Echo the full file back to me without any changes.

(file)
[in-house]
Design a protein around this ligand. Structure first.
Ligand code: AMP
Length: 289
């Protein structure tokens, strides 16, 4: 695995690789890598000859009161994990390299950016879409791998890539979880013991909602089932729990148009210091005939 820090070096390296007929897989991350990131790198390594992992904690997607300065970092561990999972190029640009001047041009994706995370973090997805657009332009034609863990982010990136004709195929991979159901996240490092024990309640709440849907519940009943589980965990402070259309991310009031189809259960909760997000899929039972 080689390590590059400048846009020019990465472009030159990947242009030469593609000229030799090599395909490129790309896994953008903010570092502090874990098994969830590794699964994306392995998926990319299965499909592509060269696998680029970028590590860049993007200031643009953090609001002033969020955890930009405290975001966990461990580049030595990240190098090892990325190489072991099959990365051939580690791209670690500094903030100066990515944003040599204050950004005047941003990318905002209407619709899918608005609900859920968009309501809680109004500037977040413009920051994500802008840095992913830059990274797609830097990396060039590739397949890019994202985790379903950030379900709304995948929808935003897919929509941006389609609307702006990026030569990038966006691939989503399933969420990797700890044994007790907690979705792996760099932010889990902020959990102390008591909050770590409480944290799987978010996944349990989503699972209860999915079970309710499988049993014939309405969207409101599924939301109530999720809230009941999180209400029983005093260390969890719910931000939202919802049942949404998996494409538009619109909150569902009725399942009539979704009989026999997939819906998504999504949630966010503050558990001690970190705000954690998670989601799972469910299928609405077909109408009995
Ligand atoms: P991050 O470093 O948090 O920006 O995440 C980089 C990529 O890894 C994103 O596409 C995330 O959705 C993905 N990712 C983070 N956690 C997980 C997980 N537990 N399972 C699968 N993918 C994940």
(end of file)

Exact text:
[in-house]
Design a protein around this ligand. Structure first.
Ligand code: AMP
Length: 289
């Protein structure tokens, strides 16, 4: 695995690789890598000859009161994990390299950016879409791998890539979880013991909602089932729990148009210091005939 820090070096390296007929897989991350990131790198390594992992904690997607300065970092561990999972190029640009001047041009994706995370973090997805657009332009034609863990982010990136004709195929991979159901996240490092024990309640709440849907519940009943589980965990402070259309991310009031189809259960909760997000899929039972 080689390590590059400048846009020019990465472009030159990947242009030469593609000229030799090599395909490129790309896994953008903010570092502090874990098994969830590794699964994306392995998926990319299965499909592509060269696998680029970028590590860049993007200031643009953090609001002033969020955890930009405290975001966990461990580049030595990240190098090892990325190489072991099959990365051939580690791209670690500094903030100066990515944003040599204050950004005047941003990318905002209407619709899918608005609900859920968009309501809680109004500037977040413009920051994500802008840095992913830059990274797609830097990396060039590739397949890019994202985790379903950030379900709304995948929808935003897919929509941006389609609307702006990026030569990038966006691939989503399933969420990797700890044994007790907690979705792996760099932010889990902020959990102390008591909050770590409480944290799987978010996944349990989503699972209860999915079970309710499988049993014939309405969207409101599924939301109530999720809230009941999180209400029983005093260390969890719910931000939202919802049942949404998996494409538009619109909150569902009725399942009539979704009989026999997939819906998504999504949630966010503050558990001690970190705000954690998670989601799972469910299928609405077909109408009995
Ligand atoms: P991050 O470093 O948090 O920006 O995440 C980089 C990529 O890894 C994103 O596409 C995330 O959705 C993905 N990712 C983070 N956690 C997980 C997980 N537990 N399972 C699968 N993918 C994940």